3 Student-Centered Schools: Closing the Opportunity Gap 3 School structures support personalization and connections to adults within the school and to the community outside of school. Teachers work together to focus on students strengths, interests, and needs; to engage in their own learning; and to collaborate on the improvement of their instructional practices. Leadership is shared among the adults in the building with a specific focus on incorporating the voices of teachers, staff, administrators, and parents in key decisions. We found that schools that incorporate these key features of student-centered practice are more likely to develop students who have transferrable academic skills; feel a sense of purpose and connection to school; as well as graduate, attend, and persist in college at rates that exceed their district and state averages. What Are the Results of a Student-Centered Learning Approach? Analysis of outcomes for students at all four study schools confirms that they are outperforming most other schools in their respective communities that are serving similar populations, especially African American, Latino, low-income students, and English language learners. This is evident in graduation, student achievement, and college preparatory course completion data; college persistence data; and surveys of graduates. Outperforming peers on state assessments After accounting for prior learning, students in the study schools exhibited greater gains in achievement on the California Star Test (English language arts) and California High School Exit Exams (ELA and mathematics) than similar students attending other schools in the same district. In particular, our analysis shows the value added to student learning in the study schools is even greater for students from economically disadvantaged backgrounds and those whose parents had not attended college. Graduating more students The study schools high school graduation rates exceed district and state averages. Particularly noteworthy is the high graduation rate for African American students at Dozier-Libbey and Impact Academy: 90-95% of African American students at these schools graduate, compared to district and state averages of about 66%. The graduation rate for Latino students, English learners, and economically disadvantaged students is also high for three of four schools, ranging from 10% to 24% higher than state averages at City Arts and Tech, Dozier-Libbey, and Impact Academy. Making students eligible for college These schools strive to do more than graduate their students, they seek to open the doors to college and provide students with the tools they need to persist in college. Key to gaining access to the California state system is completion of the required a-g college preparatory courses in high school (4 years of English, 3 years of math, 2 years of lab science, and foreign language and arts course requirements). Statewide, there are sizable gaps between a-g completion rates of low-income students and stu-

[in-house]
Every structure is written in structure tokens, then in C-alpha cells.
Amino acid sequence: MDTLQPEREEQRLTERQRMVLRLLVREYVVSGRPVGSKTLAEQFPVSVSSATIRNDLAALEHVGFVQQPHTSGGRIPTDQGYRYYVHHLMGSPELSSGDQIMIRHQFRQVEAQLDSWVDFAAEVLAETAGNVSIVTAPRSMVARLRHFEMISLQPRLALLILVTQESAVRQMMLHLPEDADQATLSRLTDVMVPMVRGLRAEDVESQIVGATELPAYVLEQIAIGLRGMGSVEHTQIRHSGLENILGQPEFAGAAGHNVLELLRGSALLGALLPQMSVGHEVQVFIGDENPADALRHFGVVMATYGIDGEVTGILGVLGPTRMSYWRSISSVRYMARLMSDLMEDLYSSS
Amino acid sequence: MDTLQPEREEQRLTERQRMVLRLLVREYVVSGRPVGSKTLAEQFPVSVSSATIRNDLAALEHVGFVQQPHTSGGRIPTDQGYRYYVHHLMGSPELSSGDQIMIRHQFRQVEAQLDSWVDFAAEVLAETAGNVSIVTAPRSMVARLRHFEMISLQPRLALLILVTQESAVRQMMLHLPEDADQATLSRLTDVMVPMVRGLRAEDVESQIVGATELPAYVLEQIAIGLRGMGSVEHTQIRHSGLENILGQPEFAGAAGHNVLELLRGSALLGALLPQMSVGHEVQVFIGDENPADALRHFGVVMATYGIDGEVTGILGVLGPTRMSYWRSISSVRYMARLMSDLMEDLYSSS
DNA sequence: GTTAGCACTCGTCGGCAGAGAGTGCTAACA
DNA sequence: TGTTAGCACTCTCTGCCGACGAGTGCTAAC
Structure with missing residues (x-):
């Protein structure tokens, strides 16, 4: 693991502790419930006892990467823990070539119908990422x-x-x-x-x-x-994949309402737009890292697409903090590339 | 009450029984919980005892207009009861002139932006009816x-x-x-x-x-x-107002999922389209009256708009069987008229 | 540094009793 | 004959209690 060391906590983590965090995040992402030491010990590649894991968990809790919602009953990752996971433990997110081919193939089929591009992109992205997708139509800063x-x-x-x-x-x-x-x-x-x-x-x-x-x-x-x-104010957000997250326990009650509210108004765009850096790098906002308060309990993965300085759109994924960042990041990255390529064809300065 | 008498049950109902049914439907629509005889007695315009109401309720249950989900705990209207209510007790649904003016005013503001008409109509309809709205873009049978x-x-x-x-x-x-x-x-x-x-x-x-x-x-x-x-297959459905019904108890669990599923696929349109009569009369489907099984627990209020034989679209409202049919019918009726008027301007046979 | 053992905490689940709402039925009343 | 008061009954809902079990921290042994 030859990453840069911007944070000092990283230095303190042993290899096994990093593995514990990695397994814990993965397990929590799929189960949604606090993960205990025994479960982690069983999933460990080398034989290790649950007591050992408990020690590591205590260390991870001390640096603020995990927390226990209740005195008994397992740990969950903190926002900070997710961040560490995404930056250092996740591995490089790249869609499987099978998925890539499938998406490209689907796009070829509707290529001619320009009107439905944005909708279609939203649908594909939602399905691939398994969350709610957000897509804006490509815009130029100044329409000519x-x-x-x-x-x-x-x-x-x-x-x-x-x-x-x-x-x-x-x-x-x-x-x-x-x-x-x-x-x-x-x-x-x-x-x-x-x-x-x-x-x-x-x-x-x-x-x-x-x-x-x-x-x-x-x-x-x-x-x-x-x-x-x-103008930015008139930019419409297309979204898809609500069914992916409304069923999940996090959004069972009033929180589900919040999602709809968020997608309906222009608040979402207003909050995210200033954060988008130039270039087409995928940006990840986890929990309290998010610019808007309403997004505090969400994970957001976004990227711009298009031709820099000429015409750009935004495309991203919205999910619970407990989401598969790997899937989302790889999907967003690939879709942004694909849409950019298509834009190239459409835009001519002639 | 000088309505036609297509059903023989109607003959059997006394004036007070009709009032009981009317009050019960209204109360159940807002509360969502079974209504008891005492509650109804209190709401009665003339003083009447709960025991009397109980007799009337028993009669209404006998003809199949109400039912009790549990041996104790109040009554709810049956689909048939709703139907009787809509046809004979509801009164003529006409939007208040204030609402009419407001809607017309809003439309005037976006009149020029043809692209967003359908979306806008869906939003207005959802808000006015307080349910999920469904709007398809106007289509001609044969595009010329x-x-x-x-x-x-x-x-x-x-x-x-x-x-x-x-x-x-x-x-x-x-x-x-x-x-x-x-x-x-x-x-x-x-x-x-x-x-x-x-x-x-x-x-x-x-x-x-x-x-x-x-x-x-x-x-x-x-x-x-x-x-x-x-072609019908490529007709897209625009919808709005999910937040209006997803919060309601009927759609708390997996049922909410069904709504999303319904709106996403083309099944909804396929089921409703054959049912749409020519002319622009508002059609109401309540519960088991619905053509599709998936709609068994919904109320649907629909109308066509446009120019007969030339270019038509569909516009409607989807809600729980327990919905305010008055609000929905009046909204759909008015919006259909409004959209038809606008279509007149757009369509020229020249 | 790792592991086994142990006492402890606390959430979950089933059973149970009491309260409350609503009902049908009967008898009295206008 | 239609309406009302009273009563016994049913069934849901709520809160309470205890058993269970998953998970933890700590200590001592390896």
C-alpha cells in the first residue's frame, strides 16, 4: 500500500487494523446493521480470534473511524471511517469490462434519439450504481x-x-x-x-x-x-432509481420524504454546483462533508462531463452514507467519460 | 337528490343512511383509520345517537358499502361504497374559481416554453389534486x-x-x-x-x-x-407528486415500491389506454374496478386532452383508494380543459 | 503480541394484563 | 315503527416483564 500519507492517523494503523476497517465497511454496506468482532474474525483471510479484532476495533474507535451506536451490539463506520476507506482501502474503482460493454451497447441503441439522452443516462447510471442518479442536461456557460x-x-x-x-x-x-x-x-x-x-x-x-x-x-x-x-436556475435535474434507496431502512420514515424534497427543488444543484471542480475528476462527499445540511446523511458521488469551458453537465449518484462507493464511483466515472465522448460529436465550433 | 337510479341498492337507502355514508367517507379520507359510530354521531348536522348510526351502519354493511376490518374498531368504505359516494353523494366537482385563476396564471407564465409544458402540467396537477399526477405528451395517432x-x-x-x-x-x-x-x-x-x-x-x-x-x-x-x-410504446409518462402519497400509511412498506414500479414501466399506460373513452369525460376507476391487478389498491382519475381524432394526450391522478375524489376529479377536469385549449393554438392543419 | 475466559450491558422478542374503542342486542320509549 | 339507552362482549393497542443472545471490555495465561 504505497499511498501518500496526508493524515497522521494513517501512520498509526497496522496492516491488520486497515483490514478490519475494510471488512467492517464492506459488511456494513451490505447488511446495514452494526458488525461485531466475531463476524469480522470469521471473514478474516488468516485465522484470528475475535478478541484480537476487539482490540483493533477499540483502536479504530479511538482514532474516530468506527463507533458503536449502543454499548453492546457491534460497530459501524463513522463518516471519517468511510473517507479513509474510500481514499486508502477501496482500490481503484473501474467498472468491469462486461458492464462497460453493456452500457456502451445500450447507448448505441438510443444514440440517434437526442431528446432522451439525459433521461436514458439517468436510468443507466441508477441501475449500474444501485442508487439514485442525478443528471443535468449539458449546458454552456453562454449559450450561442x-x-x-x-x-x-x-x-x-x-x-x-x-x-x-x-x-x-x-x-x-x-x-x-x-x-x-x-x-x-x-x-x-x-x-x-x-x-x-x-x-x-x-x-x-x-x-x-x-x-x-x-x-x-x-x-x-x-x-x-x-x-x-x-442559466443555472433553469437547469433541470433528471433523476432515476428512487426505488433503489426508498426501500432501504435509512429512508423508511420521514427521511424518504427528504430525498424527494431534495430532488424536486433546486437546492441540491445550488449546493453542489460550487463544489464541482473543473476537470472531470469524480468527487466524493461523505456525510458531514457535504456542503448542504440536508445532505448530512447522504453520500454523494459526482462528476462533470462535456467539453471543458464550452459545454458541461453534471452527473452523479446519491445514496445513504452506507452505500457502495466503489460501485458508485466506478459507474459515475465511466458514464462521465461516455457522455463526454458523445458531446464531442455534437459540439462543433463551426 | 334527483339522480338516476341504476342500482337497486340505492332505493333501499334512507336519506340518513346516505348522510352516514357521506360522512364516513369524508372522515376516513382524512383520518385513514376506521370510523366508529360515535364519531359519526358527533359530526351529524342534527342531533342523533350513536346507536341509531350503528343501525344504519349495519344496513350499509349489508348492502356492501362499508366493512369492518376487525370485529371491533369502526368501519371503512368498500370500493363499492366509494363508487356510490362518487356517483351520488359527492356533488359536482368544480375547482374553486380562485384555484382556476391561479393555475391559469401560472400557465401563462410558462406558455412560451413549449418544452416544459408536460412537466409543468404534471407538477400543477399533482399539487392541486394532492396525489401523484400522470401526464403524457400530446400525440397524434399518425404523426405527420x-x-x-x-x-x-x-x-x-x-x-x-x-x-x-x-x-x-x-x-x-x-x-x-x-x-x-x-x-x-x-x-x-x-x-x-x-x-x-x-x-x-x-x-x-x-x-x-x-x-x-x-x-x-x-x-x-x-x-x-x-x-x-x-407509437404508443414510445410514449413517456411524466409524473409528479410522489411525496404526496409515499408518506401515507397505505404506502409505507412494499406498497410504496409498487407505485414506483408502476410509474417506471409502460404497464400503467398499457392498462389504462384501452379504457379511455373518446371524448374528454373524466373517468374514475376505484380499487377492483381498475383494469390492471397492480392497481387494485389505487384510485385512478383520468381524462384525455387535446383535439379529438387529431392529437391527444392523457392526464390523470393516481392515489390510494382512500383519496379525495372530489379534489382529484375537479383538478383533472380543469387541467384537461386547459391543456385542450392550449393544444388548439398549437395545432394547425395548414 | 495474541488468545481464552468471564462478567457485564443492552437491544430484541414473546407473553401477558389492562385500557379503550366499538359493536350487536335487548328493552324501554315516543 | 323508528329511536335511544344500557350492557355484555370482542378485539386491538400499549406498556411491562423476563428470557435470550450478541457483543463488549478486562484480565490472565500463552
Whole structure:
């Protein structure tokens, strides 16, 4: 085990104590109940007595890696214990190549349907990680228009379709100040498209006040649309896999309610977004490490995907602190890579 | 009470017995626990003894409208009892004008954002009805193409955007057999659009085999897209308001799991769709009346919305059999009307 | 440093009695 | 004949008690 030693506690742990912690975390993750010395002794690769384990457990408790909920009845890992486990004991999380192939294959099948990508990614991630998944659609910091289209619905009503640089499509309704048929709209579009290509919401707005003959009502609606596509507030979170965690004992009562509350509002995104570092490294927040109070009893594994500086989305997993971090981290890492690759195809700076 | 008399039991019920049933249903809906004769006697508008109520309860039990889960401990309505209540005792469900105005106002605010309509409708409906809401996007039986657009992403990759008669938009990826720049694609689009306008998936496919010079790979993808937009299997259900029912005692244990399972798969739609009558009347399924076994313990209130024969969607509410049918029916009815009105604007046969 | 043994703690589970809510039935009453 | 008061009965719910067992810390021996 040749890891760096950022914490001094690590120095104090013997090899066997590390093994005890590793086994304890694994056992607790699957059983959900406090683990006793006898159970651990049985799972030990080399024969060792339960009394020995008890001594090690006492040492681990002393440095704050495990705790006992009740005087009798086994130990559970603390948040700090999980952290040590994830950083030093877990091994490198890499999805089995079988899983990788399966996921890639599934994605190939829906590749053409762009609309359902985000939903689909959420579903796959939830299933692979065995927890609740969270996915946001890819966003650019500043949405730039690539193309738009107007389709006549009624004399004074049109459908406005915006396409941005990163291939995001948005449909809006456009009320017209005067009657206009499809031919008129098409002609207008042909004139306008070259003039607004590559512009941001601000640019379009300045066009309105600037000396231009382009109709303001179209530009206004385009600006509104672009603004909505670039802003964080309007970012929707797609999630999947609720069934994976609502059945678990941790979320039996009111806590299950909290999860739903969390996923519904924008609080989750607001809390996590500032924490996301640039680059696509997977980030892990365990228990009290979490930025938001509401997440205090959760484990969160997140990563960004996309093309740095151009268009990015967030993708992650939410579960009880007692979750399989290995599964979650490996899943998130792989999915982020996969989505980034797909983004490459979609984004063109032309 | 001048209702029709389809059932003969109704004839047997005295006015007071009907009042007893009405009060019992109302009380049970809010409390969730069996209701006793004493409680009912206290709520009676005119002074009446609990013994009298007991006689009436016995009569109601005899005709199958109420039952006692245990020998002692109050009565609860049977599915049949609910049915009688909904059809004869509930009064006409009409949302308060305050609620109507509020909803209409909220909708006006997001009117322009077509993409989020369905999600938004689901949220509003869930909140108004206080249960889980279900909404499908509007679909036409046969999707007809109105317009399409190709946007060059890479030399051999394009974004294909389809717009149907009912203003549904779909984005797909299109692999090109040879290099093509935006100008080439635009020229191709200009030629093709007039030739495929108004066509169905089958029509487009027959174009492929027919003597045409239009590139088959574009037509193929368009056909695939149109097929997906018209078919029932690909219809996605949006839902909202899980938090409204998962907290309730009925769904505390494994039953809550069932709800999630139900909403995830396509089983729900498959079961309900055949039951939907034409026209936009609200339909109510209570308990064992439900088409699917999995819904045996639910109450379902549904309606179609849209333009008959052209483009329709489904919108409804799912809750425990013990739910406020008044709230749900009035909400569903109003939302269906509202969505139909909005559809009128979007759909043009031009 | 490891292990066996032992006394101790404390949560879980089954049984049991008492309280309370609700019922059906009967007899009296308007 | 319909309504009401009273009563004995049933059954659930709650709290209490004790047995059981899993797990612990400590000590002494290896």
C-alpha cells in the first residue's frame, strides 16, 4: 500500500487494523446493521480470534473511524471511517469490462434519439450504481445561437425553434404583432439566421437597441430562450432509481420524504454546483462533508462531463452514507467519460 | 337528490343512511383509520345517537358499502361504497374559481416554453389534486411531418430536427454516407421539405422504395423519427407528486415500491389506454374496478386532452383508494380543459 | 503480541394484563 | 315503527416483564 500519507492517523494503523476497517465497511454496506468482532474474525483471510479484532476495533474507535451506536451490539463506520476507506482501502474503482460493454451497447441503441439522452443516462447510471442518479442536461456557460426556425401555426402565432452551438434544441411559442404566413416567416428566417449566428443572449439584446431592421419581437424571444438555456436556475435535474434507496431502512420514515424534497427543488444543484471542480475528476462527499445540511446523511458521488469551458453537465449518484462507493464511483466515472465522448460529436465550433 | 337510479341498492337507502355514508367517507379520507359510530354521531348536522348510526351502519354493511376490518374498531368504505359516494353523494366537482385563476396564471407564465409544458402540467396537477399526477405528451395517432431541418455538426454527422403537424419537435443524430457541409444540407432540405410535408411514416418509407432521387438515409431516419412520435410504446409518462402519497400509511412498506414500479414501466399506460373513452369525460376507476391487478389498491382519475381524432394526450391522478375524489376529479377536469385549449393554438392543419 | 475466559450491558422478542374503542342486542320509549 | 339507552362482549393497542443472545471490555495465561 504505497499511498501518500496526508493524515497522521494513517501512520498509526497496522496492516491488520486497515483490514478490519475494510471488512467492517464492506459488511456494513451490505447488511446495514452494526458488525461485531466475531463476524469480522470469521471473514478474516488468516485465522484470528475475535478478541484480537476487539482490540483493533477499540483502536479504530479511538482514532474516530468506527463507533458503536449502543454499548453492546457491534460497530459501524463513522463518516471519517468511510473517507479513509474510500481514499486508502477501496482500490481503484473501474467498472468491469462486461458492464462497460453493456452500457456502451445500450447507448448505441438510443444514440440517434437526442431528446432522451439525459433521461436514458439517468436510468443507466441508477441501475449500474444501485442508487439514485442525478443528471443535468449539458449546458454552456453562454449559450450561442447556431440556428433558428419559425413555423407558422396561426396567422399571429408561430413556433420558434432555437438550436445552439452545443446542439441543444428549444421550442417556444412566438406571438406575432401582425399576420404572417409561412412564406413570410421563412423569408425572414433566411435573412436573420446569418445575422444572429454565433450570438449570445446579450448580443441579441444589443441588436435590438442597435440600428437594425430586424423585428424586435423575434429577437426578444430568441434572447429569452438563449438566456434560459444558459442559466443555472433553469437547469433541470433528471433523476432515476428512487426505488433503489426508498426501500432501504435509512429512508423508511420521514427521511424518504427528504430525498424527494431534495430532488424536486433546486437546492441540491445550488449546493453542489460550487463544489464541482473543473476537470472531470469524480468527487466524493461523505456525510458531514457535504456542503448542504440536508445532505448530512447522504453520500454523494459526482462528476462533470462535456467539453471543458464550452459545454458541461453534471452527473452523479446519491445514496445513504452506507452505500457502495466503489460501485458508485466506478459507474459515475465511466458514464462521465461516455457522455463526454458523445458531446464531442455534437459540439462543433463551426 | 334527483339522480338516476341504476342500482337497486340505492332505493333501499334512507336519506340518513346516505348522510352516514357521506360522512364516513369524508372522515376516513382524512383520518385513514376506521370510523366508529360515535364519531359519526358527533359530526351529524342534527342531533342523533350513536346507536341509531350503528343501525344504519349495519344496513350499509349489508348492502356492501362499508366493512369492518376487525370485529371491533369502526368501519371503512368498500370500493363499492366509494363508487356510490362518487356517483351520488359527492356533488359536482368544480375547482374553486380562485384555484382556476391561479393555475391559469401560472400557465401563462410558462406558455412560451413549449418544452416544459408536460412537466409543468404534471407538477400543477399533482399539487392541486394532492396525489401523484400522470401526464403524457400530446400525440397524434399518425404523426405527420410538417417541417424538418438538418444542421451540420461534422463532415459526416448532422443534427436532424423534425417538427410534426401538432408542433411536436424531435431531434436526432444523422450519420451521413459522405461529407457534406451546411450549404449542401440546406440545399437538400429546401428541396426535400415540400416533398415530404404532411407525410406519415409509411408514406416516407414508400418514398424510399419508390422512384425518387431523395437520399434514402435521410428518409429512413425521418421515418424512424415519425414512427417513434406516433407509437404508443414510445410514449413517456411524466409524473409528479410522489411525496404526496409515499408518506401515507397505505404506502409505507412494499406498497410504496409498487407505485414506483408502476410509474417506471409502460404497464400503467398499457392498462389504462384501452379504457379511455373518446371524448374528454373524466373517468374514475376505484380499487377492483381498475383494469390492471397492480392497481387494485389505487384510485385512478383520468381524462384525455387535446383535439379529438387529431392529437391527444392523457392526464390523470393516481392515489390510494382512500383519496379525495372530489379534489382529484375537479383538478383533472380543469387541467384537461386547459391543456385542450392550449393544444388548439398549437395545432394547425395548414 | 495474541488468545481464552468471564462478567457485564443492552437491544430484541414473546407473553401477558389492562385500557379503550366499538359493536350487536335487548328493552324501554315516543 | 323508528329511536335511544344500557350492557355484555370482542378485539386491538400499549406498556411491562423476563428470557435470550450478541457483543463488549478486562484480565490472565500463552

4 4 Stanford Center for Opportunity Policy in Education dents of color when compared to White and Asian students. The student-centered schools in this study by structuring their course offerings, and in some cases their graduation requirements, to be compliant with the a-g requirements are dramatically overcoming this statewide gap for their students. Table 2 provides an overview of each of the schools California college course completion rates. Table 2: College Preparatory Course Completion Rates Graduation rates Percent of graduates completing all courses required for UC/CSU admission Types of students CAT District Dozier- Libbey District District Life Academy* District State Impact Academy All 99% 56% 96% 24% 100% 44% 87% 51% 38% African 100% 28% 94% 15% 100% 34% 100% 34% 29% American Latino 100% 36% 100% 15% 100% 39% 82% 54% 28% Limited 100% 38% 92% 24% 100% 34% n/a 46% 23% English proficient Socioeconomically disadvantaged 100% 54% 95% 22% 100% 45% n/a 48% 30% Source: Data for all sources except Life Academy from *Life Academy data from Oakland Unified School District At City Arts and Tech, Dozier-Libbey, and Impact Academy, % of students have completed the California college course requirements. Life Academy, while having somewhat lower rates than the other three schools, serves a higher-need student population than the others and won recognition from its district for having the highest a-g completion rates of any high school in the district. Persisting in college The student-centered schools in this study have designed their curriculum purposefully to provide students with not only the kinds of academic skills they need to do college-level academic work, but also the fortitude to persist through challenges and to be successful in their chosen careers as well. Beyond enrolling in college, the quality of students high school preparation influences their persistence rate in college. For students from City Arts and Tech, 97%, and for Life Academy, 69%, of graduates enrolled in 4-year colleges were still enrolled in their 4th year of college. These rates far exceed national averages, particularly for students who are first in their family to attend college. Survey data of graduates suggest that particular high school practices of relationship-building, high standards, deep learning, and instructional relevance contribute to students success in college.